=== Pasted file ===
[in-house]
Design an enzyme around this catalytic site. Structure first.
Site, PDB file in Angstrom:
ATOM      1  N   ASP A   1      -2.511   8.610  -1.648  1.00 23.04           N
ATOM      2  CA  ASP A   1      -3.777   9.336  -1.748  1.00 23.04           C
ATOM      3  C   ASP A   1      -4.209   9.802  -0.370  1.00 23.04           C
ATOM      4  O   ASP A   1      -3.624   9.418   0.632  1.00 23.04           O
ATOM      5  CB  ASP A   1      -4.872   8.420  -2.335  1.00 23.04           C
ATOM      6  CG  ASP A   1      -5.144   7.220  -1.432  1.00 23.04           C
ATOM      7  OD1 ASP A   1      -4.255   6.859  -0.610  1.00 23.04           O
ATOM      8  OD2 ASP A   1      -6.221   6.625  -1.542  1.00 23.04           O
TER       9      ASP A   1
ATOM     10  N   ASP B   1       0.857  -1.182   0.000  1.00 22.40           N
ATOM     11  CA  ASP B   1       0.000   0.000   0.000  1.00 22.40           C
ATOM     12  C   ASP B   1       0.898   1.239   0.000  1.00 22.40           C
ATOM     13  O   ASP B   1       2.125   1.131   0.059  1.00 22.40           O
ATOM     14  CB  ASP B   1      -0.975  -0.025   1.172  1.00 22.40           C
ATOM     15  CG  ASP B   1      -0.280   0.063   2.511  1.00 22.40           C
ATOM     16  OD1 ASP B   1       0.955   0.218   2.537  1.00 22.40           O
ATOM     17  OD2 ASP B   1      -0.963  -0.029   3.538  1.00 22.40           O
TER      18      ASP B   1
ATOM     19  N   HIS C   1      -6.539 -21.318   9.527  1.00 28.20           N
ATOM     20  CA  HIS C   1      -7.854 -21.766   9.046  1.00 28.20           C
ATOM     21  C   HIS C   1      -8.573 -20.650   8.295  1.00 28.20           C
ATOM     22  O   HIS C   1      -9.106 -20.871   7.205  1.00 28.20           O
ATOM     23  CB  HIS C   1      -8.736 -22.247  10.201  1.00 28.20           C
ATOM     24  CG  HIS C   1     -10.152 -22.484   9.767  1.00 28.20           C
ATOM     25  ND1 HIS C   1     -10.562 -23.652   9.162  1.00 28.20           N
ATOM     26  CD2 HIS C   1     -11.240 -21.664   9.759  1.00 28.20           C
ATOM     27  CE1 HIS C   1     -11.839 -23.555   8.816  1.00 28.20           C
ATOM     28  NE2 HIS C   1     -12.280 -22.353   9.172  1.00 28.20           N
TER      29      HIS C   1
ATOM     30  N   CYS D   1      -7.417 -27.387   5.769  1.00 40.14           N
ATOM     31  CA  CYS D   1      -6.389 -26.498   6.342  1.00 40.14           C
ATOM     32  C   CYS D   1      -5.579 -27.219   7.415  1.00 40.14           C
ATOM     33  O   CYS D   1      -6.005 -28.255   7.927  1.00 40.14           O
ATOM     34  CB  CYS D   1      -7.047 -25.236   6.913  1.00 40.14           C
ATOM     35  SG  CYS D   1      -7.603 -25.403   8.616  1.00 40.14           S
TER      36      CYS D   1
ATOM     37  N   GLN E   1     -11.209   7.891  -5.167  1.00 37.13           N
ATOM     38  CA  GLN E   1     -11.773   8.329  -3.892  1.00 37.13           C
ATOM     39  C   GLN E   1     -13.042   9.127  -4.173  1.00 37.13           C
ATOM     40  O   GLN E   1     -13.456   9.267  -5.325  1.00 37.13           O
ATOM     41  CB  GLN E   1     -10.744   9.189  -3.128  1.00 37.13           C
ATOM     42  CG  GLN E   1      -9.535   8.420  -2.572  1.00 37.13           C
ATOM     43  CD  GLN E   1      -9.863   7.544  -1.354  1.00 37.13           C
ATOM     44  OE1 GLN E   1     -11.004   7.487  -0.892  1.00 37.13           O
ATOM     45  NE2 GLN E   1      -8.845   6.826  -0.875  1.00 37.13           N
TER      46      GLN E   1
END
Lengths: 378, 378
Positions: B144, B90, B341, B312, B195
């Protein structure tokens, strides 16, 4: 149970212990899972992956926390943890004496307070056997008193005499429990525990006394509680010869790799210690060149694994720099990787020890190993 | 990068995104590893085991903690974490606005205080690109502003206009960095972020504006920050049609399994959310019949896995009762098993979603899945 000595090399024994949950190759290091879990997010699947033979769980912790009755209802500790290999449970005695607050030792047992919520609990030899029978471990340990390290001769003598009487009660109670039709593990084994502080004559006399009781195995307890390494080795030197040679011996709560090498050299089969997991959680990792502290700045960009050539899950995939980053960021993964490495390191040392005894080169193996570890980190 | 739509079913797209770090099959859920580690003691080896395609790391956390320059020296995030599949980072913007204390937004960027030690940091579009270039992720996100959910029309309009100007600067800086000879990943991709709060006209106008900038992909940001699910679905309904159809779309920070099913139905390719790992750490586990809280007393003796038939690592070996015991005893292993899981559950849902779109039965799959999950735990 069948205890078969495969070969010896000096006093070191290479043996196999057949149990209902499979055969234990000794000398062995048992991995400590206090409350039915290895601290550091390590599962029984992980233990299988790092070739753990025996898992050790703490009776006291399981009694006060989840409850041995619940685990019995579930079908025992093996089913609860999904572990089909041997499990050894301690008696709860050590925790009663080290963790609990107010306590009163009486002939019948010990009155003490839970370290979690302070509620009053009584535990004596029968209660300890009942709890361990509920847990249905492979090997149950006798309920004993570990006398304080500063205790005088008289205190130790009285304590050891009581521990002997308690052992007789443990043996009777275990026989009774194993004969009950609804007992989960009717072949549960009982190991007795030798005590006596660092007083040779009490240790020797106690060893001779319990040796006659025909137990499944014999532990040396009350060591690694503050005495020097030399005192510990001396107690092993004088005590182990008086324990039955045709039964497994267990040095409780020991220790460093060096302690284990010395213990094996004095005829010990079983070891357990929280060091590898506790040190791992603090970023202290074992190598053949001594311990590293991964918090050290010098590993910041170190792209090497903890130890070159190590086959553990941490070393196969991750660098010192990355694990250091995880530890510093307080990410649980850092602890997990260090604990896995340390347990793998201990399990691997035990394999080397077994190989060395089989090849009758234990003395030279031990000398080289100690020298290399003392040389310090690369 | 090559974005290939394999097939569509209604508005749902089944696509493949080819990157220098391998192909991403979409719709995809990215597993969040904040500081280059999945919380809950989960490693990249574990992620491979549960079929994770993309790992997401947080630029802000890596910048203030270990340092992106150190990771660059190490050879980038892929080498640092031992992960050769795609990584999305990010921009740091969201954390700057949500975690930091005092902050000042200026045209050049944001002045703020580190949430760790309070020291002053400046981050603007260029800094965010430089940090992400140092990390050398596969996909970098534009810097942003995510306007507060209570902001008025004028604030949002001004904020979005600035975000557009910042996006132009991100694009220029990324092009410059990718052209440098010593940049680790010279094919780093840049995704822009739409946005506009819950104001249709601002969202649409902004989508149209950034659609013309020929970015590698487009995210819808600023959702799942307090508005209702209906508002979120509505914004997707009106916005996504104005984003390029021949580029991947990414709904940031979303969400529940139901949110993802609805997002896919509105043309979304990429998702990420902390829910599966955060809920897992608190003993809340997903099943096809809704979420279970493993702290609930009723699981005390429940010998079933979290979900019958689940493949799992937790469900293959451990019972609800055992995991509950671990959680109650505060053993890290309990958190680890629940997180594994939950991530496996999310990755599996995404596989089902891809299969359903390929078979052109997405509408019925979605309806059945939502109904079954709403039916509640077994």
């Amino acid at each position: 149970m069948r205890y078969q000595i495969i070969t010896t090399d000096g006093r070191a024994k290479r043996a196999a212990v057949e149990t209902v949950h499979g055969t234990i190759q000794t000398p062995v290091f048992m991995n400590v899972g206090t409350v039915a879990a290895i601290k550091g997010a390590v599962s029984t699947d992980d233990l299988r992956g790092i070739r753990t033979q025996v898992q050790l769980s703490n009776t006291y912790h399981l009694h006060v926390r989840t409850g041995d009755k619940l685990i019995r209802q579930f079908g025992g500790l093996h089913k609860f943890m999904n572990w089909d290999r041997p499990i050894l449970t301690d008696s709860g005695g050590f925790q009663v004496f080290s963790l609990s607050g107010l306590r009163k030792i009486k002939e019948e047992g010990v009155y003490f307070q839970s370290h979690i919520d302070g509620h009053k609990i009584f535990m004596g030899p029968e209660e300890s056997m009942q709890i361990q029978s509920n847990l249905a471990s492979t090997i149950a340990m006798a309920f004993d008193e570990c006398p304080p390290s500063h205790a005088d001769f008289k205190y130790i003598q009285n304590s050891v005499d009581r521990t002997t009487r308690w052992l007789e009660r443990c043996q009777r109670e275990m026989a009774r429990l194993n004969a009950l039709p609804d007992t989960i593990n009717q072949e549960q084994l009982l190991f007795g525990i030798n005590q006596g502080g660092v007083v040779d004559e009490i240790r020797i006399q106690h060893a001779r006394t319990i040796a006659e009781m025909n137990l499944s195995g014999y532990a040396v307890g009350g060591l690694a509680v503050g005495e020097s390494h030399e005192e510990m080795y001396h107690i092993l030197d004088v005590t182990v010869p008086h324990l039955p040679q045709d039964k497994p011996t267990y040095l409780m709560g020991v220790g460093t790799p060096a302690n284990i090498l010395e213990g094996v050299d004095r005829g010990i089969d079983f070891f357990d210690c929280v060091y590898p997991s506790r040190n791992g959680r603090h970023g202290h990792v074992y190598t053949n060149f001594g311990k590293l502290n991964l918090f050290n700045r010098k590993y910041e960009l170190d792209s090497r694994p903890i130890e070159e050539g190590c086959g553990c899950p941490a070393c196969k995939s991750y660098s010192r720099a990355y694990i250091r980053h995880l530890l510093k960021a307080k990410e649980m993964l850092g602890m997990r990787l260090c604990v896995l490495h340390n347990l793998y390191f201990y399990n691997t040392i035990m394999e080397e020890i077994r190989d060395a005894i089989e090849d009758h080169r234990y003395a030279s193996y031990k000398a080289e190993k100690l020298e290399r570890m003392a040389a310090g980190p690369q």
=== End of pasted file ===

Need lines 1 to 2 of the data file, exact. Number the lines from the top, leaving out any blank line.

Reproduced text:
[in-house]
Design an enzyme around this catalytic site. Structure first.